Just about everyone is familiar with the topic of anger management in the abstract, psychological sense.
However, the topic takes on an entirely different spin in the business world, and many professionals today are unprepared to deal with it effectively. What most fail to realize is that not only does a professional have to control their own anger, but also the anger and negativity directed at them by other individuals in their environment, particularly from managers with a seemingly perpetual axe to grind, clients with a vendetta, or co-workers just out to cause trouble.
Failure to address these situations effectively can result in significant repercussions, up to and including job loss. Even worse, a person who ignores these issues can ultimately become the perpetual target of anger and unfair treatment by their peers and/or managers, resulting in high levels of stress and animosity within the environment. Quite simply, the corporate world is a dog-eat-dog environment and if you do not take proper action, no one will do it for you.
So what can be done? Brian Ray, business and management consultant and author of Revelations Incorporated, has identified a series of steps to deal with anger in the office.
Brian Ray is a business and management consultant with over 20 years of experience. He has worked with several of the largest companies in the world on multiple projects and assignments, from the basic project level to the executive level. These companies include General Motors, Hewlett-Packard (HP), Delphi, and several others. In addition to possessing a business degree with a major in Technology Management, he has continued his business education in various disciplines, IT applications, and business concepts.
Dealing with Workplace Confrontations
Click through for tips that can help you deal with workplace anger and conflict, as identified by Brian Ray, business and management consultant and author of Revelations Incorporated.
Stay Calm and Find Your Center
While some people practice yoga and/or meditation, external activities are not a necessity when it comes to calming the self. Every person already has it built into themselves. Quite simply, when faced with someone else’s anger in the workplace, whether it be in person or through email/messaging, the first thing to do is breathe. In particular, focus on the exhale as the exhaling of the breath is one of the body’s most potent, natural relaxation tools.
Focus on What Is Really Happening
Once a person has calmed themselves, they must determine the true cause of the encounter. Is there an actual issue that needs to be addressed, with the messenger just over-reacting? Or, is the person in question just being antagonistic, looking to drag someone down with bad behavior? These questions must be answered before proceeding with any action.
Next, it is time to defuse the situation, but also to let the other party know that their outburst will not be tolerated. Even if the issue in question is legitimate, a person still has the right to be treated as a human being, not as a punching bag.
In order to properly defuse a temperamental situation, it is necessary to move the existing tone/energy in a positive direction. This does require a bit of finesse (more on that in the next step). But first it must be said that while engaged in the action of defusing the situation, it is an absolute necessity that a person does not allow themselves to be dragged down into the mud by the machinations of someone else’s anger. If for some reason that does happen, then it becomes the responder who lost control (not the initial instigator), and who suddenly becomes the focus of the issue, which then puts the responder on the defensive, which is a very difficult place to be. This is the ultimate trap of the situation, so don’t get caught in it.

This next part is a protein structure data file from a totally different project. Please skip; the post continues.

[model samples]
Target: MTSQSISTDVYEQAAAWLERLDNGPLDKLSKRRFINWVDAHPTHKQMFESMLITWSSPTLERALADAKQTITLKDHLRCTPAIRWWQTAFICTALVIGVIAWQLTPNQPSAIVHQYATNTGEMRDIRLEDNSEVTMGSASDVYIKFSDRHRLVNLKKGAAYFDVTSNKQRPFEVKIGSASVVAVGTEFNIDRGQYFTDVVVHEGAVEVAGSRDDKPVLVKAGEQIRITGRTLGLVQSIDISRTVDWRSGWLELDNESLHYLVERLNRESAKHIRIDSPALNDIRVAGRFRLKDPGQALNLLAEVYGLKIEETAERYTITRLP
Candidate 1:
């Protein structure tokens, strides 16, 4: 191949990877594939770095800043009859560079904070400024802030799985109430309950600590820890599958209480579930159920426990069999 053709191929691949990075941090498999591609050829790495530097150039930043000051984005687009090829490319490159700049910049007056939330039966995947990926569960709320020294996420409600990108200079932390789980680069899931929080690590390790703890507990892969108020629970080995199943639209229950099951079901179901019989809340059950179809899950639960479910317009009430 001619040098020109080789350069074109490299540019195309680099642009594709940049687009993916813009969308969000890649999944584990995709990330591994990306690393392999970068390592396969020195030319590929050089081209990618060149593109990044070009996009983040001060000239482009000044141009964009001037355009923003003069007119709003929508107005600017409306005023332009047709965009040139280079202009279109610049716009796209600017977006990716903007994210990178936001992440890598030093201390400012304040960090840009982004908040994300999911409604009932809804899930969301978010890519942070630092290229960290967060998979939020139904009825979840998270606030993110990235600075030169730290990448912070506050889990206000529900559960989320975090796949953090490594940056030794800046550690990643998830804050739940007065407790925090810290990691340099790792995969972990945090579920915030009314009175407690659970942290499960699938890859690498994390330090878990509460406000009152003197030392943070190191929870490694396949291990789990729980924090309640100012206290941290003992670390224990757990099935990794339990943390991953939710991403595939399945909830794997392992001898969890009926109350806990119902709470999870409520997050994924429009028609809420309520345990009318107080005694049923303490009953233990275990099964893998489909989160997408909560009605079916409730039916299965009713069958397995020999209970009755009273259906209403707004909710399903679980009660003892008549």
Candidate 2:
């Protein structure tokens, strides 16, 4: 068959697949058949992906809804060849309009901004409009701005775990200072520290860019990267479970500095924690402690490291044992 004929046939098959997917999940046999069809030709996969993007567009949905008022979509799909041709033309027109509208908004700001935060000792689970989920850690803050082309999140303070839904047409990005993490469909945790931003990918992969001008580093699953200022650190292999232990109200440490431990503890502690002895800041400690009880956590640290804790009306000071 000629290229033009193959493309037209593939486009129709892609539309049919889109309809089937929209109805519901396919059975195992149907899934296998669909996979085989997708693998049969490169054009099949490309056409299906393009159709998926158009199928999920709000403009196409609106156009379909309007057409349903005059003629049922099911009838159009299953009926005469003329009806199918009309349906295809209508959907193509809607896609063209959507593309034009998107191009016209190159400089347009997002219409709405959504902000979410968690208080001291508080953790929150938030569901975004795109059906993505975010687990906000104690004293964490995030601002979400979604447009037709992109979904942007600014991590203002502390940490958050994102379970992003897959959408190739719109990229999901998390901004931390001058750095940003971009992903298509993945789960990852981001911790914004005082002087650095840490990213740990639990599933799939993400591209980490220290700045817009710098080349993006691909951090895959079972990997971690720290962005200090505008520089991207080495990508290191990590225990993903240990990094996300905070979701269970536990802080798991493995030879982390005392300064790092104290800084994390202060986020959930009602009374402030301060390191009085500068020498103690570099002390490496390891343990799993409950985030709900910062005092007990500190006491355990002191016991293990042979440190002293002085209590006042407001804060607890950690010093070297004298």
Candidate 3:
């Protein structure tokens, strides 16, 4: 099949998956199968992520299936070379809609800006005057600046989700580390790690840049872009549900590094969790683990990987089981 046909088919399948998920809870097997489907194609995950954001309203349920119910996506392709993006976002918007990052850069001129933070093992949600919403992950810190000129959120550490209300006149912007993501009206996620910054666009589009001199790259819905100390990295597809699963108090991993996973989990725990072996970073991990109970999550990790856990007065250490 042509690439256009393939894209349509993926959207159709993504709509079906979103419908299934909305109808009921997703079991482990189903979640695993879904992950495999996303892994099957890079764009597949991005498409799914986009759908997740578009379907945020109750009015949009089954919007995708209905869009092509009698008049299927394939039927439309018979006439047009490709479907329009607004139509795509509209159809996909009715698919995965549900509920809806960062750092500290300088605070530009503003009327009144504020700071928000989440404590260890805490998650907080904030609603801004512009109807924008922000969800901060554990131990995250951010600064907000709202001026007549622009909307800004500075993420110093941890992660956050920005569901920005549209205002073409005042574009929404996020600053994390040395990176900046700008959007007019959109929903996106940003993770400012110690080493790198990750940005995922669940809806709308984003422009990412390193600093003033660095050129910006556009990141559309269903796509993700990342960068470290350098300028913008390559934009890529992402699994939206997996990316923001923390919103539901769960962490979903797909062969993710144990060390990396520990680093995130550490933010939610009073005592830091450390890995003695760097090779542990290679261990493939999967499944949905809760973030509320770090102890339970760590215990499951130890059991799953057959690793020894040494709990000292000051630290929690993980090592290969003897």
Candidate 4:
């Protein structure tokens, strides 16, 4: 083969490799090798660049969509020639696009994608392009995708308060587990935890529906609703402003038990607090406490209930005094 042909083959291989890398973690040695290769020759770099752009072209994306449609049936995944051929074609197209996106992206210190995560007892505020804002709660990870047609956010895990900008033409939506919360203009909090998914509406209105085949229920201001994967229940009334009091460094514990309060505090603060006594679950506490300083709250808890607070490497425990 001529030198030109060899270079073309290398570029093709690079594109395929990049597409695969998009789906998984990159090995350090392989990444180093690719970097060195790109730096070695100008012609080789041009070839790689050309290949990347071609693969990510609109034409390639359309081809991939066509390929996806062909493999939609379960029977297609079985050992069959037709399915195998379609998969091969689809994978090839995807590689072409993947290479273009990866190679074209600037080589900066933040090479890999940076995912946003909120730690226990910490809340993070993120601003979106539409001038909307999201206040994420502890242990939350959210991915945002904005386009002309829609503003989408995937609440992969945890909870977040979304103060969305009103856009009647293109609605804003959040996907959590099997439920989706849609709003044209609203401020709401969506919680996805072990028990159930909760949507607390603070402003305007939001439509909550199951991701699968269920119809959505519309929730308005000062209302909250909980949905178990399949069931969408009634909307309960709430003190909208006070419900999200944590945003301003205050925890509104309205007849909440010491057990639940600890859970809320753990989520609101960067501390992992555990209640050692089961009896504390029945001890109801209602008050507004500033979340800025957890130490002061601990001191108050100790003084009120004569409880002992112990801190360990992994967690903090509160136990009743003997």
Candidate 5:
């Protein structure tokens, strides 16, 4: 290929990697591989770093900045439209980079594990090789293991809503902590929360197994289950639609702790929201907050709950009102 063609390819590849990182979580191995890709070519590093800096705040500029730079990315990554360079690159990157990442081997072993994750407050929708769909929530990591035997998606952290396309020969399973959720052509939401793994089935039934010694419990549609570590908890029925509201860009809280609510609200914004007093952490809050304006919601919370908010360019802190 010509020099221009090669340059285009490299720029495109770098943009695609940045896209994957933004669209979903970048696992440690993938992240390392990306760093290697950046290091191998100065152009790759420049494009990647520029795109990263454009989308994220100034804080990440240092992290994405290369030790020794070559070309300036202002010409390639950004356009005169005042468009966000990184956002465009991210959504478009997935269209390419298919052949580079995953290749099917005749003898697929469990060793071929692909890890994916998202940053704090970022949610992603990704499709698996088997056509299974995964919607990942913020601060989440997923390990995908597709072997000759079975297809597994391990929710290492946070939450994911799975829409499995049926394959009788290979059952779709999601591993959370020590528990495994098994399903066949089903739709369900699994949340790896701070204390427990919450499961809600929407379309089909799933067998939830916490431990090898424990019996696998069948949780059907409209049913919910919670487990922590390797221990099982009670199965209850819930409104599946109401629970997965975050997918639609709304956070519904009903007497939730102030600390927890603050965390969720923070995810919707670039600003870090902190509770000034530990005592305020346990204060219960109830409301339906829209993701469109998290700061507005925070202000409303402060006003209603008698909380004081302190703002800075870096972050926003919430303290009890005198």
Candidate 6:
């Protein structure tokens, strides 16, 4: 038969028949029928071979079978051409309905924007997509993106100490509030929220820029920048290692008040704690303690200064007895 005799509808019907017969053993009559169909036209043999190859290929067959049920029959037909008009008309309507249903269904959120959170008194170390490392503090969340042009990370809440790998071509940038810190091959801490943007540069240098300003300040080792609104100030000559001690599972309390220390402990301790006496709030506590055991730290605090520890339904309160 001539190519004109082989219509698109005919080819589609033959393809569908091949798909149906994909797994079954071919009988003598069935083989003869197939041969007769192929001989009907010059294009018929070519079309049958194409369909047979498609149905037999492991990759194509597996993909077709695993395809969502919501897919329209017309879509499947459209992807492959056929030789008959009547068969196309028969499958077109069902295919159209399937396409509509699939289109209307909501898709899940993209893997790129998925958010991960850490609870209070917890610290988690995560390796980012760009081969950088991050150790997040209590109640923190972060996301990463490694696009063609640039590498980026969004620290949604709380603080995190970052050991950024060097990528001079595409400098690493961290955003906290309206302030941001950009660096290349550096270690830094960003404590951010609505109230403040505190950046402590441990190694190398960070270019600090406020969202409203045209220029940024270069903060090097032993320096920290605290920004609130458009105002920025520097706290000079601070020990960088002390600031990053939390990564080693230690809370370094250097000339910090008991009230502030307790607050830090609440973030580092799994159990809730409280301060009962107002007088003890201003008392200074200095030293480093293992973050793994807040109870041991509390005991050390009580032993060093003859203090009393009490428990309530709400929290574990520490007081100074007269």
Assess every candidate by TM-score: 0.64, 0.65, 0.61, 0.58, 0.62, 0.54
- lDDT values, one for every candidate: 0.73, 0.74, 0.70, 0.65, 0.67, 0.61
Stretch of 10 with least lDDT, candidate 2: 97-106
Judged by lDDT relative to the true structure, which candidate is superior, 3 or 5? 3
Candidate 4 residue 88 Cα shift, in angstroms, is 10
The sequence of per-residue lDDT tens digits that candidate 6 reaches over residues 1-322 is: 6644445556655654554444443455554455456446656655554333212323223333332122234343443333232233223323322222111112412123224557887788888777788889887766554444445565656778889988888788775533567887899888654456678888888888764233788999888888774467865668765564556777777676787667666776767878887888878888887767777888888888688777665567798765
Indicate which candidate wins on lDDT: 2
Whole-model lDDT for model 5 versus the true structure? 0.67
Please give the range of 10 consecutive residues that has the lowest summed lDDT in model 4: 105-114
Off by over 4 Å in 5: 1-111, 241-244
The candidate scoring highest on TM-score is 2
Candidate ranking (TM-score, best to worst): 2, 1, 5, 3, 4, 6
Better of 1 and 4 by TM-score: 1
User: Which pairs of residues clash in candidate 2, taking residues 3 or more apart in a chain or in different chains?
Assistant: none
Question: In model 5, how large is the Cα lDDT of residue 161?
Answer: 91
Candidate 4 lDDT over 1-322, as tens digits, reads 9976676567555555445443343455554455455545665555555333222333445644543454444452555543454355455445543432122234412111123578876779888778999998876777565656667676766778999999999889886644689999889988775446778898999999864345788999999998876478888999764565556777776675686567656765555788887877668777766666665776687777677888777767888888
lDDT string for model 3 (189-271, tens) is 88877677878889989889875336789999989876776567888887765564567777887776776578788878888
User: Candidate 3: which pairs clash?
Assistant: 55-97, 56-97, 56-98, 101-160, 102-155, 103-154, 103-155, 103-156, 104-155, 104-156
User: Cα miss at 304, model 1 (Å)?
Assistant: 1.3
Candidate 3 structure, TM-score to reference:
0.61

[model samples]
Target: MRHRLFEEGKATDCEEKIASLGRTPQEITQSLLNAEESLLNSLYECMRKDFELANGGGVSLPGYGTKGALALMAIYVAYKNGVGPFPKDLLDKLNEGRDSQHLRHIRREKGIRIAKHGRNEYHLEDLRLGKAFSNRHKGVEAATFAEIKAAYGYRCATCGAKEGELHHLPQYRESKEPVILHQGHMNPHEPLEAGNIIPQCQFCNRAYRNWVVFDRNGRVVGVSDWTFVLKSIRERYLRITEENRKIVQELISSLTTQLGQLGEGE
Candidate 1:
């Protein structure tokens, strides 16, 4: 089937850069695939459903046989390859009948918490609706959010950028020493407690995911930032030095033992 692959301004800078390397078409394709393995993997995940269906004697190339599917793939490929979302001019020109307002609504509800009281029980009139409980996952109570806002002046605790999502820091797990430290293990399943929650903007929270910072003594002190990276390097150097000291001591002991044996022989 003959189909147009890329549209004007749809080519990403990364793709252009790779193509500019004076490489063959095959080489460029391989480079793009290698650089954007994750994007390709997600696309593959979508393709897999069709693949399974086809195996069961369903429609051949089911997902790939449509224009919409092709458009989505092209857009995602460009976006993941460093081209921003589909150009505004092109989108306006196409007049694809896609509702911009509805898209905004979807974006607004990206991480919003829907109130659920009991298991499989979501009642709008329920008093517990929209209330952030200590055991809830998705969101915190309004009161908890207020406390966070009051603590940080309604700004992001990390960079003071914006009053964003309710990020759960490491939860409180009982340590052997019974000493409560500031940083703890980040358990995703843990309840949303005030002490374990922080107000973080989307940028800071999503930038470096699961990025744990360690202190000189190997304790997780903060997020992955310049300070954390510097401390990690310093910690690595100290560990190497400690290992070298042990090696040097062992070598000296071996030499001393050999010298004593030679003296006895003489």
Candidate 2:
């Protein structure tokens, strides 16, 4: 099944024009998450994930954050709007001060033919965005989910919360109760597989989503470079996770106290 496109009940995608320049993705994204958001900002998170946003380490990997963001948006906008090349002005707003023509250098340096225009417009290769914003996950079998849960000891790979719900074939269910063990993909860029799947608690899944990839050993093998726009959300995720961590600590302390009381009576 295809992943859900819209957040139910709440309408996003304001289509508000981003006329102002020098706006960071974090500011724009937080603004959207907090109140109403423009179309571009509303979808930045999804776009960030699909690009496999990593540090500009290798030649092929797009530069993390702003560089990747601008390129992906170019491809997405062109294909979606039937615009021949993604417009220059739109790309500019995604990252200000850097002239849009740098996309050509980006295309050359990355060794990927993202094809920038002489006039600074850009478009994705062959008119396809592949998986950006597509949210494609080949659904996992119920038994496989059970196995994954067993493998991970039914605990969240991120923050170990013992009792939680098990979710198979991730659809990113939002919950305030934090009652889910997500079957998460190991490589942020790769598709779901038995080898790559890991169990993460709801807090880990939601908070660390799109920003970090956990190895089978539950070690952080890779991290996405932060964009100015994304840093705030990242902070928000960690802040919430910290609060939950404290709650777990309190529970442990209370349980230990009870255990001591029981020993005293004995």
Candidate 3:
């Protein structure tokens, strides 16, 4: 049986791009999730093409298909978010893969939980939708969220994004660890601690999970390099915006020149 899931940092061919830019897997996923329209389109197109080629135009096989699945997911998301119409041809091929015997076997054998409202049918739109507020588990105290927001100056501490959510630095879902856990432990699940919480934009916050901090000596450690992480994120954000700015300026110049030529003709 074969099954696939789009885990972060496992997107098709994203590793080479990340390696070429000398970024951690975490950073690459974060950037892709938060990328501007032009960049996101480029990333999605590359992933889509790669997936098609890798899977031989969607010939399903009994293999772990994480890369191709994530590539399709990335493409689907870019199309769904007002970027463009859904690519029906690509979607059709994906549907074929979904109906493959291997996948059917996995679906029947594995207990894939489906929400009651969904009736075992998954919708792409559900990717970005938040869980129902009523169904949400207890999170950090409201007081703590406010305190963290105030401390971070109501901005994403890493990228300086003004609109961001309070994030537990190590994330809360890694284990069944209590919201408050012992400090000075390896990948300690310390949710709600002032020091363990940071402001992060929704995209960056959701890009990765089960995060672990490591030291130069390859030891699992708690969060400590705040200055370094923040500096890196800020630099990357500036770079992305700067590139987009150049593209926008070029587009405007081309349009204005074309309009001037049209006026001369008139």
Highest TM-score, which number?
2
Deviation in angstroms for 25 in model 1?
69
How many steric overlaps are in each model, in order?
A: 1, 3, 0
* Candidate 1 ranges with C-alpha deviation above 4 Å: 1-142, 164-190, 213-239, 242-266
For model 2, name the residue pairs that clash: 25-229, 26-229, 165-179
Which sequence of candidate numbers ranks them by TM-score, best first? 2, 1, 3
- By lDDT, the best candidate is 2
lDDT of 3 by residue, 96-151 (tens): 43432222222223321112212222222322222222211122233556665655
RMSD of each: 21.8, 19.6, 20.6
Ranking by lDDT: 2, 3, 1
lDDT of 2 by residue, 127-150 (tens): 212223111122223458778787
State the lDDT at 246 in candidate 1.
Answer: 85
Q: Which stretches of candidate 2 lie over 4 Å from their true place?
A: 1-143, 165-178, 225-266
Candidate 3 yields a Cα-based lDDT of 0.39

Also, remember that maintaining a high level of calm and focus requires practice plus patience, as does learning to finesse a written response. So be prepared for an occasional step backward, but don’t be disheartened when that occurs, as that is part of the learning process.
If it was determined that a legitimate issue was the cause of the scenario, then apologize for the error, and outline the steps that will be taken to resolve the problem. Just keep it moving in a positive direction.
If the instigator is just being antagonistic, then a different approach is warranted. For example, after receiving an inflammatory email or memo that does not contain a true issue, moving the energy to a positive tone can be done by starting the response with an expression of gratitude, such as – “Thank you for your suggestions, however…” – and then proceed from there.
Finish It (continued)
Either way, this is where the finesse comes into play. A person should tailor their response to fit the situation at hand, and no matter what, keep the response direct, non-confrontational, and pleasant. A person’s goal here should be to make their point(s), and finish the conversation on their terms.
Finally, a true professional should never be the one to start a fight, but they can always be the one to finish it, while amazing onlookers at the same time. Even better, among those impressed onlookers could be managers who have openings in their departments for a better paying job, and the good ones will always remember the highly skilled people who crossed their paths.